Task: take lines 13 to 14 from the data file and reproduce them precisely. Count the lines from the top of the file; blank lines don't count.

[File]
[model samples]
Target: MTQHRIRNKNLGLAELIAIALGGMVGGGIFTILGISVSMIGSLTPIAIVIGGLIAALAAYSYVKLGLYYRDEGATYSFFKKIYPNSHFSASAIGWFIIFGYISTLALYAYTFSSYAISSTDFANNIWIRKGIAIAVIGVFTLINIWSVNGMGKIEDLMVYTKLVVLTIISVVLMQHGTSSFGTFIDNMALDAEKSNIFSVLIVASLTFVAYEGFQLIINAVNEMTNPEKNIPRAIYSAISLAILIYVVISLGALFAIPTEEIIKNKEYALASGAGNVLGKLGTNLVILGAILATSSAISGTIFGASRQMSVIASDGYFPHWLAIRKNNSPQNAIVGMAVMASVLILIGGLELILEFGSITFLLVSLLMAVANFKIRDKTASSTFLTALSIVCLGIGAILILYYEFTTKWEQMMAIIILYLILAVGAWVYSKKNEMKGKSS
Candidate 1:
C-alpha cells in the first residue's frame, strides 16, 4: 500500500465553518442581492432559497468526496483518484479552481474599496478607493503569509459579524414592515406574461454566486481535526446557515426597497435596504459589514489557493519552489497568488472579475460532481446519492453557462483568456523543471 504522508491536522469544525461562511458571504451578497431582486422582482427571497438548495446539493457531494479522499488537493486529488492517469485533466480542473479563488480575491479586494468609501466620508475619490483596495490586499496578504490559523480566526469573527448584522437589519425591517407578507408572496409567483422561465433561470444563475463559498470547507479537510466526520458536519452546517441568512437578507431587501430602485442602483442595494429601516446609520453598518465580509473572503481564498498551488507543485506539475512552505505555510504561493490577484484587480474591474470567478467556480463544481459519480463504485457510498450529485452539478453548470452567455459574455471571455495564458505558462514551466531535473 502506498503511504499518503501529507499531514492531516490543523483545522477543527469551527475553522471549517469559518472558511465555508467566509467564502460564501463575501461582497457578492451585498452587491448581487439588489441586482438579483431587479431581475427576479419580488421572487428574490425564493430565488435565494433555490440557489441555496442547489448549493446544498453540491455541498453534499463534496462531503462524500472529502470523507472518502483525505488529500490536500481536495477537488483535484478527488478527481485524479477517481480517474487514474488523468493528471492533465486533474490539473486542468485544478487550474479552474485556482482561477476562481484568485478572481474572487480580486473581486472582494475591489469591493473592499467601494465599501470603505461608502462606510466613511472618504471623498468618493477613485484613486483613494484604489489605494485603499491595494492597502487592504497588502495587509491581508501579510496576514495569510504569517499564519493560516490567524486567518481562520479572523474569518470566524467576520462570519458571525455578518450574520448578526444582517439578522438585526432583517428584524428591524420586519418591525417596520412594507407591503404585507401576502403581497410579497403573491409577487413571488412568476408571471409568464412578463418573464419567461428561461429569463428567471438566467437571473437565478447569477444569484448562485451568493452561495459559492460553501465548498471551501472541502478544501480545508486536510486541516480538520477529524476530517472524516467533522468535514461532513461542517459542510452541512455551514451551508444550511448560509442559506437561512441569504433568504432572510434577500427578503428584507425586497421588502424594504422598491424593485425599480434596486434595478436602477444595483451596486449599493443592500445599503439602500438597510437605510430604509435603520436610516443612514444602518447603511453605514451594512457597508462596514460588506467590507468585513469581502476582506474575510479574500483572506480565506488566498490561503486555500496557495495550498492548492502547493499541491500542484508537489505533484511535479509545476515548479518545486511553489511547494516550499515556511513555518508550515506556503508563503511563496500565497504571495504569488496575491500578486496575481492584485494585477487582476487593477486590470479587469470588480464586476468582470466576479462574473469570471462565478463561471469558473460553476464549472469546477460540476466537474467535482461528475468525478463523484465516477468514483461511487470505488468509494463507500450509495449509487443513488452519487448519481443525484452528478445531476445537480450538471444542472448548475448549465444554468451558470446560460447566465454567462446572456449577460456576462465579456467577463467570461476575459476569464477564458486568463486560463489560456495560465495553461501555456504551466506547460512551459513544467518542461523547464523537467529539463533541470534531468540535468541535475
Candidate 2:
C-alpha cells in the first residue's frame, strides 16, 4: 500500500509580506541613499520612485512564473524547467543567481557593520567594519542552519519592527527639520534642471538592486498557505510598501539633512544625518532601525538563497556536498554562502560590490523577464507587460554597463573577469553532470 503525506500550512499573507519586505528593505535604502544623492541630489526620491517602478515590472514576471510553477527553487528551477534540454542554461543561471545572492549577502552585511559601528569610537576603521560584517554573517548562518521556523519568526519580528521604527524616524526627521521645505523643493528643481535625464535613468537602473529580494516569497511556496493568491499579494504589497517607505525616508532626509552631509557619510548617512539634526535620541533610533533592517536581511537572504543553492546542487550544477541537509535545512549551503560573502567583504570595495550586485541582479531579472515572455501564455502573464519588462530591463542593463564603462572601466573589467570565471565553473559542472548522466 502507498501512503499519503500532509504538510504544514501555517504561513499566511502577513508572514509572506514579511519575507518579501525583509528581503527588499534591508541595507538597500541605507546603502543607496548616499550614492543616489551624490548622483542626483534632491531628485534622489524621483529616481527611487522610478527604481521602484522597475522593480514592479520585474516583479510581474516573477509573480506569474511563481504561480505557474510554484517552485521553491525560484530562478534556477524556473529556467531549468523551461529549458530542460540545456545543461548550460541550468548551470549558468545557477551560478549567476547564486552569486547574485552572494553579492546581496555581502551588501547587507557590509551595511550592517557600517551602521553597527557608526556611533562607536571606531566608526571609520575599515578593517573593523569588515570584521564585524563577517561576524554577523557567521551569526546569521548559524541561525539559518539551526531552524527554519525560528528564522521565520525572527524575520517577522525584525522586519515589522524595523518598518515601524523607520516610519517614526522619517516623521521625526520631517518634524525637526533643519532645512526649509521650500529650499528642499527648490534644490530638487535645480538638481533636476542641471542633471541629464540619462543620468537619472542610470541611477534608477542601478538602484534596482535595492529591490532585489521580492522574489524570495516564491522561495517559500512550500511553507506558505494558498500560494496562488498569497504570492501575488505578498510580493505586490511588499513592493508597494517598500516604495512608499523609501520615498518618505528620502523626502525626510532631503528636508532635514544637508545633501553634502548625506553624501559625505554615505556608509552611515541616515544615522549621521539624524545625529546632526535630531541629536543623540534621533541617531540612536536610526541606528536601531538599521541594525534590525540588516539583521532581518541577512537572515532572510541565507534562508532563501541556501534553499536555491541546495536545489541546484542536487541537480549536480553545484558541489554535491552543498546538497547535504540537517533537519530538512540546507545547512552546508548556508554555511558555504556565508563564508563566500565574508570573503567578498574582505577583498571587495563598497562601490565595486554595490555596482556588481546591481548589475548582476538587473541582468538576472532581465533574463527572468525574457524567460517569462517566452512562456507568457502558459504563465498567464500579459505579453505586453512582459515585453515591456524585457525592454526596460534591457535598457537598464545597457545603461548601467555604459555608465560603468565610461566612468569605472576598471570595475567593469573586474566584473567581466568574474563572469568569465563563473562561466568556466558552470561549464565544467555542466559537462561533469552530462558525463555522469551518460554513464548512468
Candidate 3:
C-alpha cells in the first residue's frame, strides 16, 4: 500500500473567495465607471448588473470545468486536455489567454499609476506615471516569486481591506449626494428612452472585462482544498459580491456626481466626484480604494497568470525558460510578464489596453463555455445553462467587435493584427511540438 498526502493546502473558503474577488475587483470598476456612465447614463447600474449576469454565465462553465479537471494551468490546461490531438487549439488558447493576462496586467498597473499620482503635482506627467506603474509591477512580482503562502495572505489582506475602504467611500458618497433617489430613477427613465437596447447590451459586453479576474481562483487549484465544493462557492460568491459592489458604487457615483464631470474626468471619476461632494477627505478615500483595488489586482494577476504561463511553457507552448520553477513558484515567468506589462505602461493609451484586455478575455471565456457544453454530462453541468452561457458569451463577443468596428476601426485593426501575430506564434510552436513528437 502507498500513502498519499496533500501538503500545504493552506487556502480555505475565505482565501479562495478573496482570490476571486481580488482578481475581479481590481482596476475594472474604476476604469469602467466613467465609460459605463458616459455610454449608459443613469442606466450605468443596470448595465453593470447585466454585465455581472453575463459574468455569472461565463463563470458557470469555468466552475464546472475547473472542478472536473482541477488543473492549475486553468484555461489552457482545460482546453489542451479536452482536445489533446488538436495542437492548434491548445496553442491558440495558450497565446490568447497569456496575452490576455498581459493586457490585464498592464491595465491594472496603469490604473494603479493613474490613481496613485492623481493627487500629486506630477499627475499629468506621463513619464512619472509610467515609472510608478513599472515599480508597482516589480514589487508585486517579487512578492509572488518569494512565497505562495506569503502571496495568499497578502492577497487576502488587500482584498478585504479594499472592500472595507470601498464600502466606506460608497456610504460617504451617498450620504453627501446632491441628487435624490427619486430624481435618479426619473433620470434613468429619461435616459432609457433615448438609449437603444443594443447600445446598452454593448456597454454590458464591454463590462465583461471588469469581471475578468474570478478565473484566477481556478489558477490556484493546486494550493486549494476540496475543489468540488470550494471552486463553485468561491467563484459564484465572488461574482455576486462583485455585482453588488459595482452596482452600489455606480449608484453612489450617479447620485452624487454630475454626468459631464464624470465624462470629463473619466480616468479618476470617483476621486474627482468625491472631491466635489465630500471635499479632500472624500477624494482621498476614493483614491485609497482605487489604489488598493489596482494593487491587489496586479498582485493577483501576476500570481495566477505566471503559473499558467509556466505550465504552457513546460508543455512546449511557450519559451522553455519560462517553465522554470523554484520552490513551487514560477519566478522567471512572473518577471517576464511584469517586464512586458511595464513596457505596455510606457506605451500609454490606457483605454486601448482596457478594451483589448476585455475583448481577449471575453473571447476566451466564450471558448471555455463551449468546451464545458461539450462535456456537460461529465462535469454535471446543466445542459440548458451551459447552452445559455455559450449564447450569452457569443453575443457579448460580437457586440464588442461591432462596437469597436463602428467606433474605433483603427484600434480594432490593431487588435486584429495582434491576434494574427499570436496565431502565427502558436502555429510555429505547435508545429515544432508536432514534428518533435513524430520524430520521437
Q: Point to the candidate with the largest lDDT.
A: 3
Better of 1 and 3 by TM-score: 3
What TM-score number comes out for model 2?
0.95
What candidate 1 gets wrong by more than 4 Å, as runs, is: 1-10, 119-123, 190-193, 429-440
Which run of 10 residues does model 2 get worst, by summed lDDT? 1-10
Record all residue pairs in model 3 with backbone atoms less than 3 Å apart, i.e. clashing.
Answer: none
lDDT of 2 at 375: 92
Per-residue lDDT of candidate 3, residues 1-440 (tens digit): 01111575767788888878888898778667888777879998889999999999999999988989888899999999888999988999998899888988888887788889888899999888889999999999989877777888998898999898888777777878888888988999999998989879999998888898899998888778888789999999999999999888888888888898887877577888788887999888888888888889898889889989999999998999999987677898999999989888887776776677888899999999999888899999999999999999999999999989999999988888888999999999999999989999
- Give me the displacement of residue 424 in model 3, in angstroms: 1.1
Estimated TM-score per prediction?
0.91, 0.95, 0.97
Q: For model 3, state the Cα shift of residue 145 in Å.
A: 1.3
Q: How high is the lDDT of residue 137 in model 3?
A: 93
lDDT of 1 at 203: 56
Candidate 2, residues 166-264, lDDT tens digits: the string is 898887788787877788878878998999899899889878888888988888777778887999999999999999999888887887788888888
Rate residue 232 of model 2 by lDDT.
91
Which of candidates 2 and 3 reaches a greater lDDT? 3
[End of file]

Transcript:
0.95
What candidate 1 gets wrong by more than 4 Å, as runs, is: 1-10, 119-123, 190-193, 429-440